The Clovis Woman’s Club was formed in March of 1912. Their creed: “Our object shall be to promote social and civic improvement, also educational culture.”
In 1927 (first Festival was held in 1914), the club sponsored the Festival Queen Contest. The proceeds would benefit the Clovis Chamber of Commerce. Contestants: Ida Edmiston (Senior Clovis High), Edna Whiton (Junior Clovis High) and Muriel Good (Sophomore Clovis High). All three were members of early pioneer families of Clovis.
Ida Edmiston was the daughter of R.W. Edmiston who arrived in Fresno County in 1869. R.W. recognized that the Kings River could provide irrigation for agricultural development. His biography (printed in the 1919 History of Fresno County) states: “He confided his convictions to M.J. Church, whom he had known in Napa County and advised him to build what became the Church canal system, for which Mr. Edmiston did all the early surveying.”
Edna Whiton’s parents arrived in Clovis in 1904. They founded Whiton’s Cyclery (631 Fifth Street) in 1918. Harry Whiton was Chief of the Clovis Voluntary Fire Department from 1926 until his death in 1944. His wife Kate continued the business until 1957. She was credited with repairing bicycle wheels for two generations of Clovis.
Edna married Robert Rogers on April 24, 1927. They operated the Clovis Confectionary on 454 Fulton (Clovis Ave) from 1930-1936. Edna purchased the Clovis Insurance Agency from Anna Johnson in 1955. Their son Harry Bob Rogers founded Rogers Helicopters in 1961 and is recognized as a “pioneer’ in that field.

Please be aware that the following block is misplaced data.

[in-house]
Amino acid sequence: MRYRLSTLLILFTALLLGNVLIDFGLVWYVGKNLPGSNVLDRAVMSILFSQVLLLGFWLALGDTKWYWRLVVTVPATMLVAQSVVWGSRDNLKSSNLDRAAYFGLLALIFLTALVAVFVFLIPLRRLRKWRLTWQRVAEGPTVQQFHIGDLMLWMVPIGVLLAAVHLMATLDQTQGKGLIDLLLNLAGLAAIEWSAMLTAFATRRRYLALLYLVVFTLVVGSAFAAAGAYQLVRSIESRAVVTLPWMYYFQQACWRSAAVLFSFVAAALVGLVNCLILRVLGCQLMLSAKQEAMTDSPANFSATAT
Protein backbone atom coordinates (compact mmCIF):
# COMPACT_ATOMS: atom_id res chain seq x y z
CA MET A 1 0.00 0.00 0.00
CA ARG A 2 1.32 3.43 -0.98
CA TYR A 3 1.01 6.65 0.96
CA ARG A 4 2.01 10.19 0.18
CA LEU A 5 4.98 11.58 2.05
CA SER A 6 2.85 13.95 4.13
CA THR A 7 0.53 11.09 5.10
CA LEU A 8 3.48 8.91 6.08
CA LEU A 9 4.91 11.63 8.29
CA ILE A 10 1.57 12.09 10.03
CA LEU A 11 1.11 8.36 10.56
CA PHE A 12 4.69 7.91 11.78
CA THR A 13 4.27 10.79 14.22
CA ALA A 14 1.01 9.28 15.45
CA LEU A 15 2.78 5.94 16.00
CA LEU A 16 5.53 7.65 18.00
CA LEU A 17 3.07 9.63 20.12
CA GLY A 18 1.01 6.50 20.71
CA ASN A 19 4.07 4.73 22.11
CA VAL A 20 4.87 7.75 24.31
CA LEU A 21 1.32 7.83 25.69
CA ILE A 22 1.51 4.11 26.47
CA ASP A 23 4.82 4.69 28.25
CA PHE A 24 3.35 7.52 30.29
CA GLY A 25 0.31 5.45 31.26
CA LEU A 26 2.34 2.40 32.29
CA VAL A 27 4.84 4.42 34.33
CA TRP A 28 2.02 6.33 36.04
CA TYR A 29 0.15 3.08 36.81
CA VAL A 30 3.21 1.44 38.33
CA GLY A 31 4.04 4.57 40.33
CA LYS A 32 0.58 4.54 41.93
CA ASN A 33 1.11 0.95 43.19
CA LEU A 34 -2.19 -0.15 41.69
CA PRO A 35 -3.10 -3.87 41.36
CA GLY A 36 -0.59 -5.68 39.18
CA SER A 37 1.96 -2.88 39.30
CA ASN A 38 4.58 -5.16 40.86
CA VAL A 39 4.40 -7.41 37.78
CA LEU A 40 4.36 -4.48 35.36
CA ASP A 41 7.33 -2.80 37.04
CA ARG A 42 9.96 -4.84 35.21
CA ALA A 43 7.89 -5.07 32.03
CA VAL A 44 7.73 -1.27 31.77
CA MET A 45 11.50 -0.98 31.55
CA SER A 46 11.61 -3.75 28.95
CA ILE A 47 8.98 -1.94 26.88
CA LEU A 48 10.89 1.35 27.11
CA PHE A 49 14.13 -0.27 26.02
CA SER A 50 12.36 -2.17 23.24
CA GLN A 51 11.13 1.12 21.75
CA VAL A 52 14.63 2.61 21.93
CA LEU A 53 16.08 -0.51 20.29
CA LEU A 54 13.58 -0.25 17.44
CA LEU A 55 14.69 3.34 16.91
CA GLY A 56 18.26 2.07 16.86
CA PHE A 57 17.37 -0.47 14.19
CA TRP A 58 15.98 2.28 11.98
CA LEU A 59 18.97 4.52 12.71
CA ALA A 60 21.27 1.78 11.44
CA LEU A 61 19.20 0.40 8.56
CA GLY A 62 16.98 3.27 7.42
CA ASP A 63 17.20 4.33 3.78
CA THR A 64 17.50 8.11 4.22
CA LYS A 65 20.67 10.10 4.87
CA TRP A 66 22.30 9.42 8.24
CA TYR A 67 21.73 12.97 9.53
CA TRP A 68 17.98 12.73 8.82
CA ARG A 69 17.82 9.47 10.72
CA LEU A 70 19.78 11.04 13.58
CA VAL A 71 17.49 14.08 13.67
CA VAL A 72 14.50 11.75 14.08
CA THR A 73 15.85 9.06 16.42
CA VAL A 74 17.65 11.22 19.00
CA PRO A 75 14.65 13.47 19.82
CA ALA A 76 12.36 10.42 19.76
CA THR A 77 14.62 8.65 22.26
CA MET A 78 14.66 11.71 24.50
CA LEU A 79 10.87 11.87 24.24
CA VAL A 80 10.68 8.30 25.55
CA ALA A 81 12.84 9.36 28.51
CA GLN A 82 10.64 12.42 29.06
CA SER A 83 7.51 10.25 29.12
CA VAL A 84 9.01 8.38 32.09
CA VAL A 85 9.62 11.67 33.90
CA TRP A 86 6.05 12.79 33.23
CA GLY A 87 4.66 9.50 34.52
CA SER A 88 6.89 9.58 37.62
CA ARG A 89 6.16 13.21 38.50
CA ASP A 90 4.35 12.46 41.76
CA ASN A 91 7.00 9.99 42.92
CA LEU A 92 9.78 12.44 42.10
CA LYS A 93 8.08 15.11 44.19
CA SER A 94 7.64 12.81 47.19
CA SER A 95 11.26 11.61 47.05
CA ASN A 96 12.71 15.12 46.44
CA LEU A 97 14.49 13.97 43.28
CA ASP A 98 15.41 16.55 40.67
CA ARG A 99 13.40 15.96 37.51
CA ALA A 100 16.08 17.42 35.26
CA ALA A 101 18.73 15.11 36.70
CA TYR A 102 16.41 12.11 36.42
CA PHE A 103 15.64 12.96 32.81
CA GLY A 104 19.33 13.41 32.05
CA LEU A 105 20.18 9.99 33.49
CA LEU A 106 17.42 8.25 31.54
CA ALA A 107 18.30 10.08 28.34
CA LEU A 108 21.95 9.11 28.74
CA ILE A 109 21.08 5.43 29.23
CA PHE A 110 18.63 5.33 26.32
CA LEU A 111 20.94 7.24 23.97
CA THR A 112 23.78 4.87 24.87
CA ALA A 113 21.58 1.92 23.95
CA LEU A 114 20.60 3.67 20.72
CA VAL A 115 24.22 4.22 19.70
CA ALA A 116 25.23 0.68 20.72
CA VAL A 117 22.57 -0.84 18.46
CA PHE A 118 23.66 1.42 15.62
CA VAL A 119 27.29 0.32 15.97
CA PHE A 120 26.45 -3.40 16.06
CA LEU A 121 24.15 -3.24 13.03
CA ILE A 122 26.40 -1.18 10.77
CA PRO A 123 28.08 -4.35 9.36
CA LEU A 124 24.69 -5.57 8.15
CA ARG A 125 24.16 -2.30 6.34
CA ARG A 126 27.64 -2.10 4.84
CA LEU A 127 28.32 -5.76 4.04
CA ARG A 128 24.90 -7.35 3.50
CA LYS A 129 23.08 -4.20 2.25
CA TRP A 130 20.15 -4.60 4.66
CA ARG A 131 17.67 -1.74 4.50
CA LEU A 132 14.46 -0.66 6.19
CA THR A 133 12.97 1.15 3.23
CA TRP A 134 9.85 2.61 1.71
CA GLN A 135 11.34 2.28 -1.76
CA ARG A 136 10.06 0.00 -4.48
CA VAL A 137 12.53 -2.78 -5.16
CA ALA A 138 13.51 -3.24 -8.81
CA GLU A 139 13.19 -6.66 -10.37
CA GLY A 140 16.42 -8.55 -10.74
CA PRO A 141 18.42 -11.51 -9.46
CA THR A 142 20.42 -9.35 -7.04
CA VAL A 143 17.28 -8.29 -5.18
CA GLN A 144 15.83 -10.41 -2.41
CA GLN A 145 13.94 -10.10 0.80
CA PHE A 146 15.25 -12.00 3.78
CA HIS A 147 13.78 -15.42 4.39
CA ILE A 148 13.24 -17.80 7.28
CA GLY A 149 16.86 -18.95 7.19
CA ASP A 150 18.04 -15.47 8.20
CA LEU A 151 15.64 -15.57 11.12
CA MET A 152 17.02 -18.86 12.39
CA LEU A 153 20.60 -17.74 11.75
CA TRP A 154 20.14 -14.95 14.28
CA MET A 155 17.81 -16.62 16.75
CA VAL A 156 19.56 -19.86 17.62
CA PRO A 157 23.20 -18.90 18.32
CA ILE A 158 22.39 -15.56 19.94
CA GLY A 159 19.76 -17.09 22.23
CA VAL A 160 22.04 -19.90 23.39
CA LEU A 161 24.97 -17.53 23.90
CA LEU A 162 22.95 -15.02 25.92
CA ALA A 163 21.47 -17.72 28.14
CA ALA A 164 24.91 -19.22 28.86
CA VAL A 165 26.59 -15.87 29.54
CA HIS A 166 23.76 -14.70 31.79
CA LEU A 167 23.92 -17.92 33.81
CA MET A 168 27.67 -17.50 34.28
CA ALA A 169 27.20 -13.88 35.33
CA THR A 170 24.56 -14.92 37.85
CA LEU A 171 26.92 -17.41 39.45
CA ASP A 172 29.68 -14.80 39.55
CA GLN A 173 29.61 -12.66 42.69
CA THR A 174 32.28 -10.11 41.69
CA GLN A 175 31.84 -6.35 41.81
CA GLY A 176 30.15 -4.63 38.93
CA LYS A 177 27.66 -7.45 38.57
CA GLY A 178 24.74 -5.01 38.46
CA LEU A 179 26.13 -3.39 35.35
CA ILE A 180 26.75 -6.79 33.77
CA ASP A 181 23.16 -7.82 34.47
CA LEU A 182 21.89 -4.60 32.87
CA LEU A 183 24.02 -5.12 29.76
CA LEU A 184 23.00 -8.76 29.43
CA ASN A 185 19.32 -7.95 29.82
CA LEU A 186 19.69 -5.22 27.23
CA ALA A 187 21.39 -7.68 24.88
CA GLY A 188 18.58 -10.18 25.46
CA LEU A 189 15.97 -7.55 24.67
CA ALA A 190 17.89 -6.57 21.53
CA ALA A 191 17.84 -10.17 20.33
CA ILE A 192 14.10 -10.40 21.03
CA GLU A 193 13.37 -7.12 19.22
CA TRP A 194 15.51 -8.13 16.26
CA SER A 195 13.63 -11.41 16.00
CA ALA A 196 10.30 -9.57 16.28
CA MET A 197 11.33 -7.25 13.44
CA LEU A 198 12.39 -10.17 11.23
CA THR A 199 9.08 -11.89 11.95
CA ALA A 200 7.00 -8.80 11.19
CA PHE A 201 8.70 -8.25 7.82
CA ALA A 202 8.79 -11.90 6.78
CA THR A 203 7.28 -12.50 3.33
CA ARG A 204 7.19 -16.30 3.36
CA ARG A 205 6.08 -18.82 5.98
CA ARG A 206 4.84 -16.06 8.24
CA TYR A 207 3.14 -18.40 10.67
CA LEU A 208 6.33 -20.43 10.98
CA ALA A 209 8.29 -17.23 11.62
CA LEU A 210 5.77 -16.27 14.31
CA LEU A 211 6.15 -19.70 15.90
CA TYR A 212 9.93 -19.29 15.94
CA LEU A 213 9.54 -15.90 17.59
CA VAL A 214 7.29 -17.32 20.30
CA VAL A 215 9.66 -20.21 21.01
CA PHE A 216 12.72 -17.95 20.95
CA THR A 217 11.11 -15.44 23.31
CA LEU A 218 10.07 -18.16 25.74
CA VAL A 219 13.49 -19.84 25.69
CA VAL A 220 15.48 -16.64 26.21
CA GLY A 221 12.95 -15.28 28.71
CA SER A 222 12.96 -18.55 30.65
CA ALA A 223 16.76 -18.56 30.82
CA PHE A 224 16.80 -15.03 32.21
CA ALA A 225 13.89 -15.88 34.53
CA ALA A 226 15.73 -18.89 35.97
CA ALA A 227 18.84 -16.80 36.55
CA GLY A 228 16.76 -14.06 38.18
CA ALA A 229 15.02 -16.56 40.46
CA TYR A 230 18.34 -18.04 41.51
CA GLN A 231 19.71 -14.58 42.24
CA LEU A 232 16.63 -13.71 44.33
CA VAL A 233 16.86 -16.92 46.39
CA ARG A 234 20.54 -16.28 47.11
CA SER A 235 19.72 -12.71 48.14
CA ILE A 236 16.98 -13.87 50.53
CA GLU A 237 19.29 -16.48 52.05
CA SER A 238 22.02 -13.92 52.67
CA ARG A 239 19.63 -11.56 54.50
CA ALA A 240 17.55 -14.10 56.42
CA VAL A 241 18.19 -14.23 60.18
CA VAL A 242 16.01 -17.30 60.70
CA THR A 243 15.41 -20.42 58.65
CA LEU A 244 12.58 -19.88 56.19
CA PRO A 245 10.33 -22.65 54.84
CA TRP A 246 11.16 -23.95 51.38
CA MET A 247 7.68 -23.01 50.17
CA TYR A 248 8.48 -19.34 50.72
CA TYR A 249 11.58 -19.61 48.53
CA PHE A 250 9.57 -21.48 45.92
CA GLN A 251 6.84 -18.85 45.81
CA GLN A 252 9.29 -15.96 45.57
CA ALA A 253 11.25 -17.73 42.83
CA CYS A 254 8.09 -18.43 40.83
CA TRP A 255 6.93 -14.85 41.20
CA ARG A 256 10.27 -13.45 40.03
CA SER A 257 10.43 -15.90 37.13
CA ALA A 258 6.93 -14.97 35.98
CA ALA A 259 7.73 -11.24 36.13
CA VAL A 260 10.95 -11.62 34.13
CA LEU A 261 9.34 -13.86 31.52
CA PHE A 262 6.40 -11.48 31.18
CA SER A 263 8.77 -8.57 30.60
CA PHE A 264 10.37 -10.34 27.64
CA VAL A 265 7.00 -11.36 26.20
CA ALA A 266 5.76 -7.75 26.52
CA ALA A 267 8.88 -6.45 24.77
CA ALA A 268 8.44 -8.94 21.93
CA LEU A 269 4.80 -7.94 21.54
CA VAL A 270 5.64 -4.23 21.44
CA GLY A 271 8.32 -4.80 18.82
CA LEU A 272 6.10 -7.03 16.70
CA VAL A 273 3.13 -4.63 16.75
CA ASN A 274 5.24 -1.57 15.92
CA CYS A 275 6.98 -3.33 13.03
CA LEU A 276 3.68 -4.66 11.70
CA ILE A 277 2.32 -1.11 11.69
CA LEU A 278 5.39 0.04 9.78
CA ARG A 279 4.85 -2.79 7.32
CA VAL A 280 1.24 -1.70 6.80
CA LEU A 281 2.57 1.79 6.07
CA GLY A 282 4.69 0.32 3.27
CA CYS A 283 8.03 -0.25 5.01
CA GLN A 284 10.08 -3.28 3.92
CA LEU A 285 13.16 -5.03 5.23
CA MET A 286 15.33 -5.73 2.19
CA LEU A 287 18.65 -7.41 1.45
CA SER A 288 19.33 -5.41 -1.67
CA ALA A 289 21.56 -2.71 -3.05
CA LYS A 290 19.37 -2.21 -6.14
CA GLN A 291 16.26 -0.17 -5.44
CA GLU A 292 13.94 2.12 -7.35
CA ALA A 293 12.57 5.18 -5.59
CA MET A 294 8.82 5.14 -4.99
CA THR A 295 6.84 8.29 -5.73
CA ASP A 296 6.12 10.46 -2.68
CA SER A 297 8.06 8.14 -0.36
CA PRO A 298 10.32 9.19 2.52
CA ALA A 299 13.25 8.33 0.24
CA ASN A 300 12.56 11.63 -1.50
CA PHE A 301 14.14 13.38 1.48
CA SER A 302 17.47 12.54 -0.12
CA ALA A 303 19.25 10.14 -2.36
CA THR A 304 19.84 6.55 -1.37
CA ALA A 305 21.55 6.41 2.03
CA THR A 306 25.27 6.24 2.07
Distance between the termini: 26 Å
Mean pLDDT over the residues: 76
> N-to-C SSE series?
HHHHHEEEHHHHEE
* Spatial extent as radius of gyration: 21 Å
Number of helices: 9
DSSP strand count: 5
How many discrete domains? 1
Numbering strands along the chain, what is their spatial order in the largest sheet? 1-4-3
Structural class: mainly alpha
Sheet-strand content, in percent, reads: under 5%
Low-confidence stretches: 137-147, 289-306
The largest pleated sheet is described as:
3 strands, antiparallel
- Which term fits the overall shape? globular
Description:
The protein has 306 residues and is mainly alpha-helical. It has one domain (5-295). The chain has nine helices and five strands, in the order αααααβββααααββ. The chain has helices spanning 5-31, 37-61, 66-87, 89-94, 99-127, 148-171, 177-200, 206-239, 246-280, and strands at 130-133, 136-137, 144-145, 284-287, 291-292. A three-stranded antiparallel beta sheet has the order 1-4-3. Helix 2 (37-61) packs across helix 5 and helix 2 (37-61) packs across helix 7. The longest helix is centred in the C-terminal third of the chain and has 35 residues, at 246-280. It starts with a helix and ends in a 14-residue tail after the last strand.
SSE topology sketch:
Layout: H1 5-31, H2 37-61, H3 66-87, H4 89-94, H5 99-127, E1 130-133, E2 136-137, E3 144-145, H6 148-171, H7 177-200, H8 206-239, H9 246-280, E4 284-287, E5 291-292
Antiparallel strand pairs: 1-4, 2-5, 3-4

Muriel Good was the daughter of Sam Good. Sam arrived in Clovis in 1896 with his brother John (brothers Henry and Charles arrived later). They worked for their brother Robert E. Lee (first Clovis merchant) until 1904. John and Sam purchased the B.K. Smith grocery store at the NW corner of Clovis and Fifth. Sam soon left the partnership but established other businesses.
Mrs. Sam P. Good was President of the Clovis Woman’s Club from 1927 to 1930. The Clovis Rodeo Association has listed Rodeo Queens from 1916 to the present but Queens of the following years remain unidentified: 1923, 1924, 1926, 1927, 1928, 1929, 1930,1931 and 1932.
We suggest (by process of elimination) Muriel Good won the contest. Family members of Ida Edmiston and Edna Whiton have no history of either becoming Queen. I am the daughter of beautiful Edna and support the above supposition.
A large poster displayed the rules of the contest: “Each entrant must have 50 votes. Votes for sale here for one cent each. Votes counted and posted the following dates March 31, April 2, 6, 9, 10, 11, 12.”
Awards to contestants: “500 votes will be given to first contestant receiving 1500 votes; 500 votes to the first one receiving 5000 votes; 500 votes to the first receiving 7,500 and 500 to the first receiving 10,000 votes.”
“To the winning Queen the Chamber of Commerce offers a week end trip to San Francisco, all expenses paid.”
The first Rodeo Queen, Marian B. Armstrong, was selected in 1916. The Rodeo Association now defines the qualifications for Queen Candidates: “The candidates are graded on their scholastic achievement, poise, showmanship, interview skills and horsemanship. They must not only display exceptional horsemanship skills, but they must be involved in their communities; and represent traditional western rodeo values.”
The 1927 contestants, their families, the Clovis Woman’s Club and the Clovis Rodeo Association have provided us a rich heritage.